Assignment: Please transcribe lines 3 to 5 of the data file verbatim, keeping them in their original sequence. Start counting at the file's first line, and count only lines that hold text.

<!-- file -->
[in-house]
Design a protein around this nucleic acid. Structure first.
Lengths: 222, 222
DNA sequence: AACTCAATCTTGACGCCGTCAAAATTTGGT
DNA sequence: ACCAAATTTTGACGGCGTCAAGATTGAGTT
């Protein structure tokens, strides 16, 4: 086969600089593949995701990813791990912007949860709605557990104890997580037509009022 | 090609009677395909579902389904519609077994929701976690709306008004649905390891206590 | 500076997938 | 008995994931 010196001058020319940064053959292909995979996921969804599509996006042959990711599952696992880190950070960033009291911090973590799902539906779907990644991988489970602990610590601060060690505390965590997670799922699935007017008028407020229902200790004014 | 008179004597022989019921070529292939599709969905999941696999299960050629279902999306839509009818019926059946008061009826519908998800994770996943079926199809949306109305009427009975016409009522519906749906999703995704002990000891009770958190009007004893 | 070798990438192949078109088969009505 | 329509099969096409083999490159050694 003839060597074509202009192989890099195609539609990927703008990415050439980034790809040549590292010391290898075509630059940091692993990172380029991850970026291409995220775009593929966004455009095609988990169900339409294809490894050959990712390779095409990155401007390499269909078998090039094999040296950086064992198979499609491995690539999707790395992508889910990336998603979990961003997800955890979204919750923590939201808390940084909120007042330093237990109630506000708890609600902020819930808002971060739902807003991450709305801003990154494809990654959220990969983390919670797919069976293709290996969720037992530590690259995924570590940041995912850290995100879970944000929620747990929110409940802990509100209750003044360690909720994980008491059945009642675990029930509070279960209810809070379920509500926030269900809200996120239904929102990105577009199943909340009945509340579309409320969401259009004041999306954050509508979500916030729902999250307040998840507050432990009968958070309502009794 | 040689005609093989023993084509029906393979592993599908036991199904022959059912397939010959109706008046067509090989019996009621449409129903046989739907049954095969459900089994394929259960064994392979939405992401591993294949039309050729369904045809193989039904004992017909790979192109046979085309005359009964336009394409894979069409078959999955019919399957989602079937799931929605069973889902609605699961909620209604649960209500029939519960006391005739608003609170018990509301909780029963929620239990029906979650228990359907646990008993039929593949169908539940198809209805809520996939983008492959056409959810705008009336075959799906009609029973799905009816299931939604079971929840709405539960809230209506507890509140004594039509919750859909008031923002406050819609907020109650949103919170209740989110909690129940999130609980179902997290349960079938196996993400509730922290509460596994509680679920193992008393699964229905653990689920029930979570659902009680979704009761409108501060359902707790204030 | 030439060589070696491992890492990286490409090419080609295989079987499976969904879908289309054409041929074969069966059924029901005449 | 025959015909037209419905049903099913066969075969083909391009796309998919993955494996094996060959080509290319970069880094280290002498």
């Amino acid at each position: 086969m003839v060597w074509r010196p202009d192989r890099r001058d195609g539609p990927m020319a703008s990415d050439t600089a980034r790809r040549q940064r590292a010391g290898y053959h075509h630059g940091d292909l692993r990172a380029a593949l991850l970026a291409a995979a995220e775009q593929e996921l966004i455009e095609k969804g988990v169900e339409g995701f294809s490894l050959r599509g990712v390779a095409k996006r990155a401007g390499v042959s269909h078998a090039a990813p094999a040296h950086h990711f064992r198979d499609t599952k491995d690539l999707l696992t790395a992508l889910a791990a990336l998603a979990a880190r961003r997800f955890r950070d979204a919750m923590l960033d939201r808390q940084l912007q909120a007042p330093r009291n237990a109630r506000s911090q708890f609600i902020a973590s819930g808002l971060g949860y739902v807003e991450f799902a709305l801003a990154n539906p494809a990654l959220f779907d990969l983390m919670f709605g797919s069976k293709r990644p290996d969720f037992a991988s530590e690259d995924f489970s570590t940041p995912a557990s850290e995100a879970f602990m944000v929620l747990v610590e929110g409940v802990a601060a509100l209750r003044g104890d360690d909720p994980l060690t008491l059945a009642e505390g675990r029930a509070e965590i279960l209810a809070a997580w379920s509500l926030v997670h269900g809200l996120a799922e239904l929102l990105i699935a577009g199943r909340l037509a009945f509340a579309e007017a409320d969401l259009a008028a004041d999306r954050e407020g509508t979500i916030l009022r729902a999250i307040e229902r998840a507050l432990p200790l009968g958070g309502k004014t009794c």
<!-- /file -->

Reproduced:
Lengths: 222, 222
DNA sequence: AACTCAATCTTGACGCCGTCAAAATTTGGT
DNA sequence: ACCAAATTTTGACGGCGTCAAGATTGAGTT